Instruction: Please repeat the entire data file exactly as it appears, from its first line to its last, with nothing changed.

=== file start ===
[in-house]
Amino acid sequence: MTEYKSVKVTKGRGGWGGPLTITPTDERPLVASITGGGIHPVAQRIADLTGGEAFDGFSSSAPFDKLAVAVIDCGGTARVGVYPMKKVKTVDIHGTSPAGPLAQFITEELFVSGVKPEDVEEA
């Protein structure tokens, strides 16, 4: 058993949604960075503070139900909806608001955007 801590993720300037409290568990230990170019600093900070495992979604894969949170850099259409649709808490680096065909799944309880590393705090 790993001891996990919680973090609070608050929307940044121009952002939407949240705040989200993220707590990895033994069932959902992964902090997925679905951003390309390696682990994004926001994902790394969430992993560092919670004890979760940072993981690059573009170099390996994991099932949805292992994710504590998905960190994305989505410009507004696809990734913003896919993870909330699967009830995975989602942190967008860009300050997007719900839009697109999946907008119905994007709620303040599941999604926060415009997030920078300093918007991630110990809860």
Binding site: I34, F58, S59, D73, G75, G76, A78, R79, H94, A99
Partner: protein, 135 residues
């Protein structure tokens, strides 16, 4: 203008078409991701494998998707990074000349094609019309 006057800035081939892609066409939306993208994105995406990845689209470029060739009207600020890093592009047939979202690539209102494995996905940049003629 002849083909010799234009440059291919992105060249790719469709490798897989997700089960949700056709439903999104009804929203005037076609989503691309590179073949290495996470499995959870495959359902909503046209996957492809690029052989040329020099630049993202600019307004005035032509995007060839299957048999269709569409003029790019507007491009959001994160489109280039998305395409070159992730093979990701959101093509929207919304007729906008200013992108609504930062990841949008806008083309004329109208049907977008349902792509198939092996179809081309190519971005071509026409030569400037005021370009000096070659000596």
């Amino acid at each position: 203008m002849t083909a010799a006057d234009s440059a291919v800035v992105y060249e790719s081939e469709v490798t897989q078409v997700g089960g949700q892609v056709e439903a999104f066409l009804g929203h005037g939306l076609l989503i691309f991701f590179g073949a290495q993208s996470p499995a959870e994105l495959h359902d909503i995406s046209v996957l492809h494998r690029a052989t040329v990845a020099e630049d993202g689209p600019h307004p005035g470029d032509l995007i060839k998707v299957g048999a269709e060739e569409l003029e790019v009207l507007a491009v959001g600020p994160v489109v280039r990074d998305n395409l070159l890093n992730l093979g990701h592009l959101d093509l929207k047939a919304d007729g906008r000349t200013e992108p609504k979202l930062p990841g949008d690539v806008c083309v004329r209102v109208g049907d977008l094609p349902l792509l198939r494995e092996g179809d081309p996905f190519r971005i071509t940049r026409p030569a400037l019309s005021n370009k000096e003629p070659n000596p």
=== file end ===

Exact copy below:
[in-house]
Amino acid sequence: MTEYKSVKVTKGRGGWGGPLTITPTDERPLVASITGGGIHPVAQRIADLTGGEAFDGFSSSAPFDKLAVAVIDCGGTARVGVYPMKKVKTVDIHGTSPAGPLAQFITEELFVSGVKPEDVEEA
């Protein structure tokens, strides 16, 4: 058993949604960075503070139900909806608001955007 801590993720300037409290568990230990170019600093900070495992979604894969949170850099259409649709808490680096065909799944309880590393705090 790993001891996990919680973090609070608050929307940044121009952002939407949240705040989200993220707590990895033994069932959902992964902090997925679905951003390309390696682990994004926001994902790394969430992993560092919670004890979760940072993981690059573009170099390996994991099932949805292992994710504590998905960190994305989505410009507004696809990734913003896919993870909330699967009830995975989602942190967008860009300050997007719900839009697109999946907008119905994007709620303040599941999604926060415009997030920078300093918007991630110990809860």
Binding site: I34, F58, S59, D73, G75, G76, A78, R79, H94, A99
Partner: protein, 135 residues
């Protein structure tokens, strides 16, 4: 203008078409991701494998998707990074000349094609019309 006057800035081939892609066409939306993208994105995406990845689209470029060739009207600020890093592009047939979202690539209102494995996905940049003629 002849083909010799234009440059291919992105060249790719469709490798897989997700089960949700056709439903999104009804929203005037076609989503691309590179073949290495996470499995959870495959359902909503046209996957492809690029052989040329020099630049993202600019307004005035032509995007060839299957048999269709569409003029790019507007491009959001994160489109280039998305395409070159992730093979990701959101093509929207919304007729906008200013992108609504930062990841949008806008083309004329109208049907977008349902792509198939092996179809081309190519971005071509026409030569400037005021370009000096070659000596």
């Amino acid at each position: 203008m002849t083909a010799a006057d234009s440059a291919v800035v992105y060249e790719s081939e469709v490798t897989q078409v997700g089960g949700q892609v056709e439903a999104f066409l009804g929203h005037g939306l076609l989503i691309f991701f590179g073949a290495q993208s996470p499995a959870e994105l495959h359902d909503i995406s046209v996957l492809h494998r690029a052989t040329v990845a020099e630049d993202g689209p600019h307004p005035g470029d032509l995007i060839k998707v299957g048999a269709e060739e569409l003029e790019v009207l507007a491009v959001g600020p994160v489109v280039r990074d998305n395409l070159l890093n992730l093979g990701h592009l959101d093509l929207k047939a919304d007729g906008r000349t200013e992108p609504k979202l930062p990841g949008d690539v806008c083309v004329r209102v109208g049907d977008l094609p349902l792509l198939r494995e092996g179809d081309p996905f190519r971005i071509t940049r026409p030569a400037l019309s005021n370009k000096e003629p070659n000596p």